Dr. George Van Buskirk, medical chief of staff for Bay Pines VA Medical Center, says the hospital has a "culture of improvement." Yet the hospital refuses to release a report citing 40 areas where that improvement is needed. This "trust us" approach won't cut it. As one of the busiest veterans hospitals in the nation, Bay Pines has an obligation to come clean on where it has fallen short.
Van Buskirk contends that the problems found by inspectors from the Joint Commission, a group that accredits most of the nation's hospitals, are minor and do not impact patient safety. Then why not make the report public? By refusing to release the list of 40 violations of standards found by the inspectors, the hospital looks like it is hiding something.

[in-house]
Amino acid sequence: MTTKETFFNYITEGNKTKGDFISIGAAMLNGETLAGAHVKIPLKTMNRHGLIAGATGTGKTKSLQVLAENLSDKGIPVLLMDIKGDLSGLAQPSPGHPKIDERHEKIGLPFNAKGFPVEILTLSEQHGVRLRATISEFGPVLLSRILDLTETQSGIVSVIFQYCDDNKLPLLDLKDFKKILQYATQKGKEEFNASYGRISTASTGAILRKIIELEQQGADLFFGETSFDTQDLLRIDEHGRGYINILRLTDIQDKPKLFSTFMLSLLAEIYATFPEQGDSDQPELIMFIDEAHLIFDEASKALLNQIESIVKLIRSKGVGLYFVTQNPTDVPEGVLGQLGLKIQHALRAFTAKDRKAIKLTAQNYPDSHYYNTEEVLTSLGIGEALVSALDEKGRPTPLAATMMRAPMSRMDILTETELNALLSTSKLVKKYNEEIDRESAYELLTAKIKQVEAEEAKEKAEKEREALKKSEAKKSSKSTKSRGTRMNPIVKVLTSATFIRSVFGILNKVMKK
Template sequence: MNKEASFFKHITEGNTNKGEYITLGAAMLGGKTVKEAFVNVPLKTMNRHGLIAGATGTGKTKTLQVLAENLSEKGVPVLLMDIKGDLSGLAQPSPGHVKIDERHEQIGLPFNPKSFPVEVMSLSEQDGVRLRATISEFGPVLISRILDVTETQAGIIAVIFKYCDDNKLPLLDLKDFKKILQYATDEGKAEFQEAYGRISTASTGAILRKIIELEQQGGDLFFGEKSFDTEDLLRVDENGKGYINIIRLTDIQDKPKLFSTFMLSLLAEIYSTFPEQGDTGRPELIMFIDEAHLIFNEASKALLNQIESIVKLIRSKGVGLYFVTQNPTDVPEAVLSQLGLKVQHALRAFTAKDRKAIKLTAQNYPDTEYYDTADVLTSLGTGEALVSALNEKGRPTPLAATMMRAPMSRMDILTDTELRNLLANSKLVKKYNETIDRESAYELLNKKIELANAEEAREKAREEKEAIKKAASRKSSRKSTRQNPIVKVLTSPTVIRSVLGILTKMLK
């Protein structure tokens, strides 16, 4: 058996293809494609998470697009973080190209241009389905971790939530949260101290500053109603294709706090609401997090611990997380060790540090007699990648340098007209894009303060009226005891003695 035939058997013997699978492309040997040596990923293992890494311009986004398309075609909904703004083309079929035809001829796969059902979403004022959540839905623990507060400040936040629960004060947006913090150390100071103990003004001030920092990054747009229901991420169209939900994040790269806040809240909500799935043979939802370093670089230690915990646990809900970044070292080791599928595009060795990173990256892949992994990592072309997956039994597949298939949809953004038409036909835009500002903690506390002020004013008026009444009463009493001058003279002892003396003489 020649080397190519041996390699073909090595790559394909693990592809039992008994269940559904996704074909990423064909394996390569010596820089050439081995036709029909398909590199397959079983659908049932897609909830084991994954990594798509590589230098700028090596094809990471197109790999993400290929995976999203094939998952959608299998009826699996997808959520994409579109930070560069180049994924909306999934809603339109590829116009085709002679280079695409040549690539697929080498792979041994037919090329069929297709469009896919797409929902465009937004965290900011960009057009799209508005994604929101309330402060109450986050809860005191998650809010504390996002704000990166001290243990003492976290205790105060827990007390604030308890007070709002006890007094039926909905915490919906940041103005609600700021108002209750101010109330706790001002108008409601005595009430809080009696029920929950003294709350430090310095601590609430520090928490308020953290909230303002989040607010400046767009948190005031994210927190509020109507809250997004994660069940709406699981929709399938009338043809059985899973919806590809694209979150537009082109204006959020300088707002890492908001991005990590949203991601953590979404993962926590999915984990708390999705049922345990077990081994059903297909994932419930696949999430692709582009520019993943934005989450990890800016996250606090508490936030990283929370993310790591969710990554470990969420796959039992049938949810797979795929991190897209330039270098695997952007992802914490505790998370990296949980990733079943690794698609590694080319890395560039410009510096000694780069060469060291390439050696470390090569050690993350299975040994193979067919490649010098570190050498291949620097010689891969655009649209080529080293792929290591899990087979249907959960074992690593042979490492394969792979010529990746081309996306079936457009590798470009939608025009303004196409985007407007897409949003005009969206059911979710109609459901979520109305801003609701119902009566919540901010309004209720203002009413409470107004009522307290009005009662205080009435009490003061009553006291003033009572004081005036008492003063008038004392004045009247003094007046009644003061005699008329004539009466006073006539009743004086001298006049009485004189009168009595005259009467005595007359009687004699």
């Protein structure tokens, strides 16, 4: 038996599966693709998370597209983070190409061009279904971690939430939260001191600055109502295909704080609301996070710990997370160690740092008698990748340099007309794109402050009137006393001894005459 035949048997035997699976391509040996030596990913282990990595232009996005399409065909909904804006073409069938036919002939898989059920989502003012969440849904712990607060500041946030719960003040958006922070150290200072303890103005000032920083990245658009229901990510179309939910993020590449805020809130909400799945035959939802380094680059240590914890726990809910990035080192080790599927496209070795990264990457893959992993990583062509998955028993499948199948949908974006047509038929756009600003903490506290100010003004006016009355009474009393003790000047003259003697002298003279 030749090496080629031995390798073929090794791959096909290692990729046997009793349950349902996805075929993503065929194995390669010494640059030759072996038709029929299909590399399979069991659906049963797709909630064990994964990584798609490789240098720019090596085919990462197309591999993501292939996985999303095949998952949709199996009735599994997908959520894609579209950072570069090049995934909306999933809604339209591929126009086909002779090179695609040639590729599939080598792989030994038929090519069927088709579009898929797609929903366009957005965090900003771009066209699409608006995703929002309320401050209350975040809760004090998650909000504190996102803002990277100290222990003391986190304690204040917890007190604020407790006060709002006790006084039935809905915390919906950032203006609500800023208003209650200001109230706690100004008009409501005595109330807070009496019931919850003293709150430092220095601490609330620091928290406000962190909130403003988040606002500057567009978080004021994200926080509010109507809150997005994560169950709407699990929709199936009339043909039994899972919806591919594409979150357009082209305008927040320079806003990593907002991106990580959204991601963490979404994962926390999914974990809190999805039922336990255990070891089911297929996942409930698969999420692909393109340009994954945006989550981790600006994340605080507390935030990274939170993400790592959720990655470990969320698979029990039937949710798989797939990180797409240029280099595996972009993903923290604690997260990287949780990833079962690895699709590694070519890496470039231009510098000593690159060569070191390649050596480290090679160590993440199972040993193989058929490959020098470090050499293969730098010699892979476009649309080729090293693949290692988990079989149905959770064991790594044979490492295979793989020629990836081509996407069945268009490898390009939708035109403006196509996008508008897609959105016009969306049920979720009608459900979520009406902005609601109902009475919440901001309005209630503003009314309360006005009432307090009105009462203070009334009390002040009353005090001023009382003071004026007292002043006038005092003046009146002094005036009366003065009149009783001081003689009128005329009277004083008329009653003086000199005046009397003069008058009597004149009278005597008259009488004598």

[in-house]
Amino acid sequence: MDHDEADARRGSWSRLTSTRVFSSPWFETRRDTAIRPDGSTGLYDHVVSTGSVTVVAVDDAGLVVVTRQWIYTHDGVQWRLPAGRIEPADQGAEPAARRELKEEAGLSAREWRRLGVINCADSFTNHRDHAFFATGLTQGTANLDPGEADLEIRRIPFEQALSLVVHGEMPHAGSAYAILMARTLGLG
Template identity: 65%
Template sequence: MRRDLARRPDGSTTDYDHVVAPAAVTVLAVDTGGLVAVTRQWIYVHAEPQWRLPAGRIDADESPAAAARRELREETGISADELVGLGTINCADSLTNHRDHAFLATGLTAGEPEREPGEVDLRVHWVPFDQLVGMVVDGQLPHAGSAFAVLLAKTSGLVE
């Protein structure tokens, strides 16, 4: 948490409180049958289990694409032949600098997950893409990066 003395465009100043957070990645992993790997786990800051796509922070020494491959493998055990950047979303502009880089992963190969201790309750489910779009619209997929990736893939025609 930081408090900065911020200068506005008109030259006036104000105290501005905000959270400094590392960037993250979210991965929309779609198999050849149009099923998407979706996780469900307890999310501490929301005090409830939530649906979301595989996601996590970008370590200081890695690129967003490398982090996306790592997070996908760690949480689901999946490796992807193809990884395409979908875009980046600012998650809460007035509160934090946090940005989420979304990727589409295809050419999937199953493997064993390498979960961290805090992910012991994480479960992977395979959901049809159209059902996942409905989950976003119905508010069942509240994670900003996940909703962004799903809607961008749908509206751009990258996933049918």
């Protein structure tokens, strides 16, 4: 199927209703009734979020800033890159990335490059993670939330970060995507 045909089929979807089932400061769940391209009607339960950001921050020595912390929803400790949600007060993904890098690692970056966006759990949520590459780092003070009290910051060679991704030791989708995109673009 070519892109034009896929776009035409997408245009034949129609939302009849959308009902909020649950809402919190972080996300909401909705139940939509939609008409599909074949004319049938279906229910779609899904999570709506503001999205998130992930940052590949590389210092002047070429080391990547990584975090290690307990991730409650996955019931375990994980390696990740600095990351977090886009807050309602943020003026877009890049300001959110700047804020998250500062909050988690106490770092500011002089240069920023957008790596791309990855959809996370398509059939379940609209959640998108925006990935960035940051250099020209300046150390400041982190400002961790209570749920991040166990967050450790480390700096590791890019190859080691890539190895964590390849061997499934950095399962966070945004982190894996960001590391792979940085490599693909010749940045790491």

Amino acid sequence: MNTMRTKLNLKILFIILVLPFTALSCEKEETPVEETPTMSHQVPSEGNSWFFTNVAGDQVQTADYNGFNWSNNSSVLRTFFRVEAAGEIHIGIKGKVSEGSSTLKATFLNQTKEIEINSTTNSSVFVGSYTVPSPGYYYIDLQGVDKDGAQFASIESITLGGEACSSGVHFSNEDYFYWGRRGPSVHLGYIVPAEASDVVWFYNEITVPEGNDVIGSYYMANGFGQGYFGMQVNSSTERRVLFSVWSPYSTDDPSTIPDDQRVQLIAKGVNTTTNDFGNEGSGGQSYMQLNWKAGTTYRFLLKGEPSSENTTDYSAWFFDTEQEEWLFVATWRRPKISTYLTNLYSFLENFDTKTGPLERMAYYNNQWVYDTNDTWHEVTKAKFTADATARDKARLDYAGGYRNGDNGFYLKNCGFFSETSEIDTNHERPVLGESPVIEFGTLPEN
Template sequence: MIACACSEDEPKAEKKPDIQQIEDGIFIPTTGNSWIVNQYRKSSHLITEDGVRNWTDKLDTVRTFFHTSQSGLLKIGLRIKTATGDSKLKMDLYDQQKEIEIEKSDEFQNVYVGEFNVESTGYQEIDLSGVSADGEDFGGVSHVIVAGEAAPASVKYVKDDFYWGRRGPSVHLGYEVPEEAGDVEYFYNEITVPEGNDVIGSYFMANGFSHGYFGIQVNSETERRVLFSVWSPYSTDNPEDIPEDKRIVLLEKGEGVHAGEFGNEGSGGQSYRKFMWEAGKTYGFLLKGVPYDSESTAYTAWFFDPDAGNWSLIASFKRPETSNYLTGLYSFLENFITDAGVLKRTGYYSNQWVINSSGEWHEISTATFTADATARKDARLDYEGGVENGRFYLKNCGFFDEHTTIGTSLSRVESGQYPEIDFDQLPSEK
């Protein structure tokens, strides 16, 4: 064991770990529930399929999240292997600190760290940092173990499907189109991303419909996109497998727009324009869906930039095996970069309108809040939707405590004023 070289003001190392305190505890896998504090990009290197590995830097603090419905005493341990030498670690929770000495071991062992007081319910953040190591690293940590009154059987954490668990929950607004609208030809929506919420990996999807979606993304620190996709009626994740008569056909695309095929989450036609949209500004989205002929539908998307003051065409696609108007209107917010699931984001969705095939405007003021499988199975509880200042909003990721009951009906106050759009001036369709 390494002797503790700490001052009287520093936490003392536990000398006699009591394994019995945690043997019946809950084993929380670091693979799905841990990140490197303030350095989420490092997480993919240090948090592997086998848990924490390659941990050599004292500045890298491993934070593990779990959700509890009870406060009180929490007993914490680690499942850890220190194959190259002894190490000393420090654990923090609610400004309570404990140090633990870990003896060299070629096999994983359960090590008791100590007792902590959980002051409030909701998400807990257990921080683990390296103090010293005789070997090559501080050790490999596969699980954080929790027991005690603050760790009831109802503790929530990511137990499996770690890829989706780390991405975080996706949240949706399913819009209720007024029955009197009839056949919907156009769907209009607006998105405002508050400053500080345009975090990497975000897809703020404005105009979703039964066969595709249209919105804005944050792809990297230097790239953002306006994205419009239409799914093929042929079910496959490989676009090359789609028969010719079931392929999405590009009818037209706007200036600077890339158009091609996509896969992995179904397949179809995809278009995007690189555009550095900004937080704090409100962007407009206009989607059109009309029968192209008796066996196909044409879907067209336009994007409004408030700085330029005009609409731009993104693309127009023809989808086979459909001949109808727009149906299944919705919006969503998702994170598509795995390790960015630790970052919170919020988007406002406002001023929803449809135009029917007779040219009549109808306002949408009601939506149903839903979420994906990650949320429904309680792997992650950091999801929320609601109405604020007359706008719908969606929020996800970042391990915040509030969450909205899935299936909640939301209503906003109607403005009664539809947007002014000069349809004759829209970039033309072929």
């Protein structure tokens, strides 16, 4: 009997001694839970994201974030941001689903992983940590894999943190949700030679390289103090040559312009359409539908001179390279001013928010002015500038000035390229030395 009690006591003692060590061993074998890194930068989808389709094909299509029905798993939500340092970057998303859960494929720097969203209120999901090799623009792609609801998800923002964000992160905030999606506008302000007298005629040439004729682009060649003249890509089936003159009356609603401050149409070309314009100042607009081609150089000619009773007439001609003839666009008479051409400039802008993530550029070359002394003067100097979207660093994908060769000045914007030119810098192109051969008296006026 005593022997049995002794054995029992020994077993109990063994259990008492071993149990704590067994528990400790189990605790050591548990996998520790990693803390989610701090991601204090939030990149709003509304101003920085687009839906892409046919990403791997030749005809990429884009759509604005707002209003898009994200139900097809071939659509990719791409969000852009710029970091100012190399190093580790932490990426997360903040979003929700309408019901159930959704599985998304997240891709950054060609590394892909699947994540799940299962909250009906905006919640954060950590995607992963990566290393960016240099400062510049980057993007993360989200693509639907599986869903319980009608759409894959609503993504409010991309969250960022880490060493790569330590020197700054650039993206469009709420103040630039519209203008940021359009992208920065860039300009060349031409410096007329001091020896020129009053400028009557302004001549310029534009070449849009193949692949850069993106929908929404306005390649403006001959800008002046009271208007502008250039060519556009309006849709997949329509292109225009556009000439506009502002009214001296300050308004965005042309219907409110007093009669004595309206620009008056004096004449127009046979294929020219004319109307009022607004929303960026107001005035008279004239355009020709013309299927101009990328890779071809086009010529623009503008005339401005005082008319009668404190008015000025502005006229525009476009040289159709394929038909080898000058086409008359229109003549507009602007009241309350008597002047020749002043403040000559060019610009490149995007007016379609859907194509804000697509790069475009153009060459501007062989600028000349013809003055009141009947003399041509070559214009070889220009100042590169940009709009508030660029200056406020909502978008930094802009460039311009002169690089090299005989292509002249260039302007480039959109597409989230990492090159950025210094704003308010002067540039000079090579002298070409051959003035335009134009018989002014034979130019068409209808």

This is a taxpayer-supported institution charged with treating the nation's veterans, including 95,000 last year. Bay Pines must correct the problems within two months or potentially lose its accreditation, putting the public's investment on the line.
Among the violations listed are expired medications, blocked exits and a failure to conduct suicide-risk assessments of all patients. Van Buskirk said the inspectors identified "tweaks" to an already good process. But some of these appear to potentially impact the safety of patients, and it's hard to tell the difference between tweaks and serious concerns without seeing the details in the report.
Patients and taxpayers are entitled to know precisely where Bay Pines needs to improve so they can make their own judgment about the quality of the hospital's service. There is no excuse for the secrecy.